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For Immediate Release: March 3rd, 2009
Contact:  Marcy Darnovsky, 510-625-0819, x305, mdarnovsky[AT]geneticsandsociety[DOT]org

Public interest group calls for Congressional hearings on fertility industry

In wake of octuplets and “designer babies” controversies, Center for Genetics and Society says oversight is overdue

Congress should hold hearings on oversight of the unregulated $3 billion assisted reproduction industry, said the Center for Genetics and Society, a public interest organization.

“For too long, America has had an unfortunate reputation as the ‘Wild West’ of the fertility industry – and that image has been reinforced by recent controversies,” said Marcy Darnovsky, the Center’s associate executive director. “Federal regulation and oversight are needed, and Congress should take the first step by holding hearings.”

Last month, it was revealed that the fertility doctor involved with the recent birth of octuplets violated the industry’s guidelines regarding the number of embryos that should be transferred into a woman’s body. Media reports later concluded that only 20% of fertility clinics follow these guidelines.

In addition, a leading fertility specialist began advertising the use of genetic selection for hair color, eye color, and complexion.

“Essentially every other industrialized country has more oversight of their fertility industries than the US does,” noted Jesse Reynolds, a policy analyst at the Center who has compiled laws about assisted reproduction in an online database. “States are beginning to respond, but these proposed laws vary widely. At best they will result in a cumbersome patchwork.”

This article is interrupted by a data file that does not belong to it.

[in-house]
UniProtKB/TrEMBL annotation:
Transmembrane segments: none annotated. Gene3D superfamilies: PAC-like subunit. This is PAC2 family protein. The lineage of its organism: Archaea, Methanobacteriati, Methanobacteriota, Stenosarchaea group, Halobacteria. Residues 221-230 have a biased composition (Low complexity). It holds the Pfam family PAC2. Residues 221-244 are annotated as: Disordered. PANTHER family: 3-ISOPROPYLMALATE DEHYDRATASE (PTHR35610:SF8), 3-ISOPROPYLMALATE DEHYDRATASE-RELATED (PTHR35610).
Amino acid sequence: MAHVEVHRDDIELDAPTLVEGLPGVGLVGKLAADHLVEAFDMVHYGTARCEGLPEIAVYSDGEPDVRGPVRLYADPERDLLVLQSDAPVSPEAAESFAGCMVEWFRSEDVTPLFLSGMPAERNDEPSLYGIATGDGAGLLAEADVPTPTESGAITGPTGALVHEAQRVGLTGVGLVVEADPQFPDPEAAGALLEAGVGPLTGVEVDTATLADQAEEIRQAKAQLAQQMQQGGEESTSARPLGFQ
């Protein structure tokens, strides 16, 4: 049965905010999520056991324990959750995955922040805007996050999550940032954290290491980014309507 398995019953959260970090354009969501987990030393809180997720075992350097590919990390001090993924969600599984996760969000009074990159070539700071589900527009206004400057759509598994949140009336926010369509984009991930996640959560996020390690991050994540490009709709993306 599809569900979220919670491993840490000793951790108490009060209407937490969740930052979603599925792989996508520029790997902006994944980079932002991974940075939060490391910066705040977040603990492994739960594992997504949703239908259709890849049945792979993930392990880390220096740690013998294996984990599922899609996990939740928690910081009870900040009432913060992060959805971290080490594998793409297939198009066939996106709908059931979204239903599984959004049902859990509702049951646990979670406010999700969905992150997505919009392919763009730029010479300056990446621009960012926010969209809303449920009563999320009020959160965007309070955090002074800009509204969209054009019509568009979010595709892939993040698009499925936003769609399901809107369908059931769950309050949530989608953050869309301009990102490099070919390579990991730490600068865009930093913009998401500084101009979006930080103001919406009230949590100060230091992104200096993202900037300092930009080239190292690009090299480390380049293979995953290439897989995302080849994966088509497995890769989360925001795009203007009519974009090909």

In contrast to other industrialized countries, the United States relies on voluntary guidelines established by the industry organization, the American Society for Reproductive Medicine. But their guidelines are routinely flouted, and the ASRM does not effectively sanction violators.

The federal government requires only that clinics’ success rates be reported.

“We need carefully crafted policies that don’t infringe on reproductive rights, and that bring responsible regulation to the baby business,” added Darnovsky. “In fact, surveys show that large majorities oppose the creation and marketing of so-called ‘designer babies.’”

The Center for Genetics and Society is a non-profit public affairs and policy advocacy organization working to encourage responsible uses and effective societal governance of human genetic and reproductive biotechnologies.

The Center’s compilation of country-level policies on assisted reproductive technologies can be found in the BiopolicyWiki.


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